Arriving in Cape Town on the 16th November we were told that the flights to Antarctica are being delayed due to weather.
At first we were told that we would fly on Friday at the earliest, but then we were informed the earliest flight would be on Saturday.
The nature of any activity in Antarctica is dependant on the weather, air travel especially. So with time to kill in Cape Town we decided to explore.
Always taking the opportunity to see penguins we took a train to Boulders beach, south of Cape Town.
I like train travel because see different sights and you get a feeling for the people who live in the country you're visiting. The train was old and a bit rundown but clean and pleasant enough. People sat and talked quietly for the first half of the journey, until a seemingly blind man and his helper boarded and started to sing nicely in hope they would be given money. Next to pipe up was a preacher who delivered a continuous monologue for an impressive 30 minutes until we came to the end of our train journey. Unfortunately we weren't at our destination as the line was under repair,a bus replacement service was provided, just like the UK rail service. This bus also came with it's own preacher, although he had a more jovial style.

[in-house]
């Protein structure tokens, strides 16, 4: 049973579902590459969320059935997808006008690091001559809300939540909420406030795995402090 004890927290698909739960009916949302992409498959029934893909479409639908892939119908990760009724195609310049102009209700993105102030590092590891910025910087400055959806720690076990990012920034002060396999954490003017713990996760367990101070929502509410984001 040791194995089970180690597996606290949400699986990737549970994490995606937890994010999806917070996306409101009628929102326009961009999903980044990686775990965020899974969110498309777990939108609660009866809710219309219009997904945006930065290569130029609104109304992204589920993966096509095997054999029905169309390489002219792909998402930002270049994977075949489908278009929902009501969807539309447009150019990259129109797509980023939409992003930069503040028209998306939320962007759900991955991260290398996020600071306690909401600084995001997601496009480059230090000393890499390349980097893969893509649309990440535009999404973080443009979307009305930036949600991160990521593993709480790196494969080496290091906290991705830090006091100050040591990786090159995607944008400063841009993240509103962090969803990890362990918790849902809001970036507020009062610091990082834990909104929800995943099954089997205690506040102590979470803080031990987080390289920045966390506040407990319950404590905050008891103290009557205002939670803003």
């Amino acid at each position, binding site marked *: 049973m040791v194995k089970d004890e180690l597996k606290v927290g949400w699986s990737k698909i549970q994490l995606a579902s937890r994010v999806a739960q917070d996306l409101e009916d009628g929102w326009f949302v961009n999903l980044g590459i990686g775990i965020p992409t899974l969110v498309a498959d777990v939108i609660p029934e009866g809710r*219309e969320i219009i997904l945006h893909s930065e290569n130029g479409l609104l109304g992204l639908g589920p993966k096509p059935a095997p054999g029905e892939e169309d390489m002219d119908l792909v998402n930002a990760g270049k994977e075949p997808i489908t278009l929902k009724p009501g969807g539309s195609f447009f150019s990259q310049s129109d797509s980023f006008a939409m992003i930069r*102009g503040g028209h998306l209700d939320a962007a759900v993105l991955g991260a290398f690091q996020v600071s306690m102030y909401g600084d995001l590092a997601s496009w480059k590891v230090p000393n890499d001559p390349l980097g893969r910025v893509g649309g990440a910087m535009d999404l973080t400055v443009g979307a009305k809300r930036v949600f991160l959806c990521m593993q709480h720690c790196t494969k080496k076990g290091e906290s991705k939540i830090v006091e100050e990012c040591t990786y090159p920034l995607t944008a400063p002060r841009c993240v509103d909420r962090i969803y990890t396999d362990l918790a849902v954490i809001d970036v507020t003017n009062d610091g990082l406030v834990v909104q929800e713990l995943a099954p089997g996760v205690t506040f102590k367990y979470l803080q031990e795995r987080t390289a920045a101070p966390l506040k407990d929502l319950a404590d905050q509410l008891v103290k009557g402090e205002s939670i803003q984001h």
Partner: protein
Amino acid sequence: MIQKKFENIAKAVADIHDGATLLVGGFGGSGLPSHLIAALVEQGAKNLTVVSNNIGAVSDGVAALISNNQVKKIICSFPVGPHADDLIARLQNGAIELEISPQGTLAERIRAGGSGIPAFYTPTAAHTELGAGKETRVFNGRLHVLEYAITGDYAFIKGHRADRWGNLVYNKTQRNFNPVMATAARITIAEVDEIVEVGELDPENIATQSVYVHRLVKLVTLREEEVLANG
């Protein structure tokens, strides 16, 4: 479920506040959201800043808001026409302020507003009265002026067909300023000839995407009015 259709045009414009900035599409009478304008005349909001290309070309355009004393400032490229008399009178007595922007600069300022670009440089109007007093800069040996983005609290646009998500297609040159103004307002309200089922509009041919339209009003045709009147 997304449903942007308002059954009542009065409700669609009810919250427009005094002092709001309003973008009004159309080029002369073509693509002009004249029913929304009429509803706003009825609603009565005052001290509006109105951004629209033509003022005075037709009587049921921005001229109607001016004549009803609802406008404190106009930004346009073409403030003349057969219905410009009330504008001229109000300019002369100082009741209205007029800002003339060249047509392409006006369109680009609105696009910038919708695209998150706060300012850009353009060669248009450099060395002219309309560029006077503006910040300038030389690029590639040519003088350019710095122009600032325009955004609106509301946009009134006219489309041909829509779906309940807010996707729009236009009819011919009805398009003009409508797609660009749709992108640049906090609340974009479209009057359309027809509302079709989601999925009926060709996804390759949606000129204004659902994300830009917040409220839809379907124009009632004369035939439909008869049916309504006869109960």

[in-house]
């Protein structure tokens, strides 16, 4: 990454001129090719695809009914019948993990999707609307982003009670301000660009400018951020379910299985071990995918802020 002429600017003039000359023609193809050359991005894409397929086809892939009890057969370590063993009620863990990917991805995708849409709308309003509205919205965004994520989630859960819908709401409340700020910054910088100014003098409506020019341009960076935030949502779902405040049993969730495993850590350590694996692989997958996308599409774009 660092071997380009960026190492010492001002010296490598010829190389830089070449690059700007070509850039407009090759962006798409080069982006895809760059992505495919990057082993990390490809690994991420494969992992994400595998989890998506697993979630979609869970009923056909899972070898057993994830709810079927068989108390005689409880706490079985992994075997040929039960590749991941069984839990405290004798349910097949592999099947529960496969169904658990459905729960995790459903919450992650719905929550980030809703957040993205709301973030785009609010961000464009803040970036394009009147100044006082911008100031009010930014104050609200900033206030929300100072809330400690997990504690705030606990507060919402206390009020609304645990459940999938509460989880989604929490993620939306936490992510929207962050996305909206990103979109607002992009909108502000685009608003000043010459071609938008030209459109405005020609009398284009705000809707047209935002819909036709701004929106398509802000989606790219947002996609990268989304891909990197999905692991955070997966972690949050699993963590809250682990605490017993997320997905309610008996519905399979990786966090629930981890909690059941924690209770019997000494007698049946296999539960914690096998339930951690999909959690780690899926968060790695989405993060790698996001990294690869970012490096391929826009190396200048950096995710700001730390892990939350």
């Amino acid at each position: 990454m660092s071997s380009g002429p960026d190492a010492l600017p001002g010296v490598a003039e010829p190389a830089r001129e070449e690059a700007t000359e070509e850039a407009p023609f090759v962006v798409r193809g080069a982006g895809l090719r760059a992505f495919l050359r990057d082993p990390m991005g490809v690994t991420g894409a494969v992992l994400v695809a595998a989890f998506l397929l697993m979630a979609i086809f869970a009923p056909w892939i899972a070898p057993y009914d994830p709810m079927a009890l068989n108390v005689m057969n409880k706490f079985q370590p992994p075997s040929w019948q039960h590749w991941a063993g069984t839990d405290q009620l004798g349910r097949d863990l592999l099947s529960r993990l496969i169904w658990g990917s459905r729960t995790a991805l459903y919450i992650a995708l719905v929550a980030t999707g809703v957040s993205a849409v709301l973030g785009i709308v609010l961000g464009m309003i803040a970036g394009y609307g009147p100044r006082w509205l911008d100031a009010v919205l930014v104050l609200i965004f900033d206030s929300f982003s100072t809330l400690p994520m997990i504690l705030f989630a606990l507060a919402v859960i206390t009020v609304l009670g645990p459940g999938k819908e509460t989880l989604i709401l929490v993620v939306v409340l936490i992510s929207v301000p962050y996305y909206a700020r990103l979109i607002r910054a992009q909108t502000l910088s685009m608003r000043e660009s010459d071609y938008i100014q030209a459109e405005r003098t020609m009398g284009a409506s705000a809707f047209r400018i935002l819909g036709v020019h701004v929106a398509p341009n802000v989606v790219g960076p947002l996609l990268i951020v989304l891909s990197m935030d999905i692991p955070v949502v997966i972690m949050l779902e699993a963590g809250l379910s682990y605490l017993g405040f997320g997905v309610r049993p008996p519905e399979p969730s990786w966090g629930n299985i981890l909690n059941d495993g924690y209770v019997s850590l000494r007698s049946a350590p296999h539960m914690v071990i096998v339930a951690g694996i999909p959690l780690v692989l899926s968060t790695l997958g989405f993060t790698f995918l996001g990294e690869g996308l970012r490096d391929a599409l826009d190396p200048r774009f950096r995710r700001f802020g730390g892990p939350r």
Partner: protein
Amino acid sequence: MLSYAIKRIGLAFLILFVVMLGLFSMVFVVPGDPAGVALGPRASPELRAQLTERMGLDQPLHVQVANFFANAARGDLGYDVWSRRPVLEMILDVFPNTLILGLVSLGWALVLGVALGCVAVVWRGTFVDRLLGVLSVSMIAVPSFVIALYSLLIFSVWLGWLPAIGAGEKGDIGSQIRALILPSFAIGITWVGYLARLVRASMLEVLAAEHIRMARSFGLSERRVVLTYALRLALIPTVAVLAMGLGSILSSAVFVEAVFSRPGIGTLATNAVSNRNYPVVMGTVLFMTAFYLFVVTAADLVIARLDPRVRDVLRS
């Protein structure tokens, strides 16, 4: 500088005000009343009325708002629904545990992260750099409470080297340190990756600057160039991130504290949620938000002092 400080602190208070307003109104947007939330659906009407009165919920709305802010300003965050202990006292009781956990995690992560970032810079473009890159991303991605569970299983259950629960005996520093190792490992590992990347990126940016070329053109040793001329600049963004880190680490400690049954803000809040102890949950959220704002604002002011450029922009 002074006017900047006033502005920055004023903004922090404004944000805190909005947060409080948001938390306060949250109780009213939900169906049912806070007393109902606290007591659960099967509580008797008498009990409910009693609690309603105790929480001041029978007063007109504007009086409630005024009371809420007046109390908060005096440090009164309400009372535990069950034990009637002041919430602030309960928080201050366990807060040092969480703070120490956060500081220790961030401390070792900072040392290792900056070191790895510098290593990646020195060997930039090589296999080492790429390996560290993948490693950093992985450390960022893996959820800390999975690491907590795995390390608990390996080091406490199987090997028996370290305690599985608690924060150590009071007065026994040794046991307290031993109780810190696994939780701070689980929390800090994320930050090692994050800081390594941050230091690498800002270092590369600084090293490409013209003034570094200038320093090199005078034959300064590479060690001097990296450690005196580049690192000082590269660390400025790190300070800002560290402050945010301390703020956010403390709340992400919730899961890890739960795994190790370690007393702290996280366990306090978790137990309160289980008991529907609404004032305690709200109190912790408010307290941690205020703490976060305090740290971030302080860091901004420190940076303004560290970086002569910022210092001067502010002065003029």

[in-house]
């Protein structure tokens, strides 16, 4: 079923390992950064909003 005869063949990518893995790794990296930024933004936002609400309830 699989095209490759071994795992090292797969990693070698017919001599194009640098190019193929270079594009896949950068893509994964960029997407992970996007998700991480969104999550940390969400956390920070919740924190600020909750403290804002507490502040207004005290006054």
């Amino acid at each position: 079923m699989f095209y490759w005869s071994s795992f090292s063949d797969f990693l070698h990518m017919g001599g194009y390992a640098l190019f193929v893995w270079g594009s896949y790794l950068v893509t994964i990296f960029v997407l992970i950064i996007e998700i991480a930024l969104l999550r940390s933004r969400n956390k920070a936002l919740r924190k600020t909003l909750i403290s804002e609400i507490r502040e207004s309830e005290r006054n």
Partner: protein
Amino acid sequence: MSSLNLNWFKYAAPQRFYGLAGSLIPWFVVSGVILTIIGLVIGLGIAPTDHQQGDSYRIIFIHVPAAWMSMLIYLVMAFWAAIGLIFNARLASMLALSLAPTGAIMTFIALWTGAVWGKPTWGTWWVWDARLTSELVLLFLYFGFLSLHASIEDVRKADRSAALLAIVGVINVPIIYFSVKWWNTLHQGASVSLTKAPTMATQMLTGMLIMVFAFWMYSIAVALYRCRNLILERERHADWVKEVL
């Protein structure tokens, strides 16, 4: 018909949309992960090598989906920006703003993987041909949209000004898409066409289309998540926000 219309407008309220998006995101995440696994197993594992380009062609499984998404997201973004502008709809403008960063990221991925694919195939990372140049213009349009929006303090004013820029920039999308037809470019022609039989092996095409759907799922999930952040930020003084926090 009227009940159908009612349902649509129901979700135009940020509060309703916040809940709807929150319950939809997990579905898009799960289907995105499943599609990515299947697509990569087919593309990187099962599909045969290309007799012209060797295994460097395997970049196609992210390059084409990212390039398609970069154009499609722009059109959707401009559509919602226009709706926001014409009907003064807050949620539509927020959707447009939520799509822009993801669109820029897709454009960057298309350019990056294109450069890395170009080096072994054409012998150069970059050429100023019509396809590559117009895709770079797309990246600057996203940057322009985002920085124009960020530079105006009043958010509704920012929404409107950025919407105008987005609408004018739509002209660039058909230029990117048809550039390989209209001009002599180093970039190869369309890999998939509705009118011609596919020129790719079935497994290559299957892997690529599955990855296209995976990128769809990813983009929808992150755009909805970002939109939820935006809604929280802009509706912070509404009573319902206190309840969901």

We reached Boulder Beach after a short walk from Simon’s Town. The mist descended from the nearby mountains and brought with it fine rain, but we continued regardless. As we walked through the vegetation of the nature reserve down to towards the beach we came across our first African Penguin. Unfazed by the onlookers, it was standing in a small clearing next a fellow penguin undergoing moulting and looking sorry for itself.
Down on the beach there were plenty of penguins, but all standing still. I was expecting them to be a lot more lively. Apparently as they moult for the summer they conserve energy by not doing much.
After exploring the beach a little more we ate lunch and then headed back with a much quieter train journey.
Following an early dinner, Jan and I took an impulsive hike up Signal Hill which overlooks Cape Town. It also gives a good view of Table Mountain which towers at 1085m and was covered in a blanket of cloud, which rolled over the top and swirls down like a wave breaking.
We missed the sunset but there was a golden glow on the horizon which gave us an idea of how good the sunset would have been.
In the next few days we’ll be getting our bags ready to fly down, attend flight briefings, and of course going up to the top of Table Mountain; as well making the most of the Cape Town weather and city buzz before spending 15 months in Antarctica.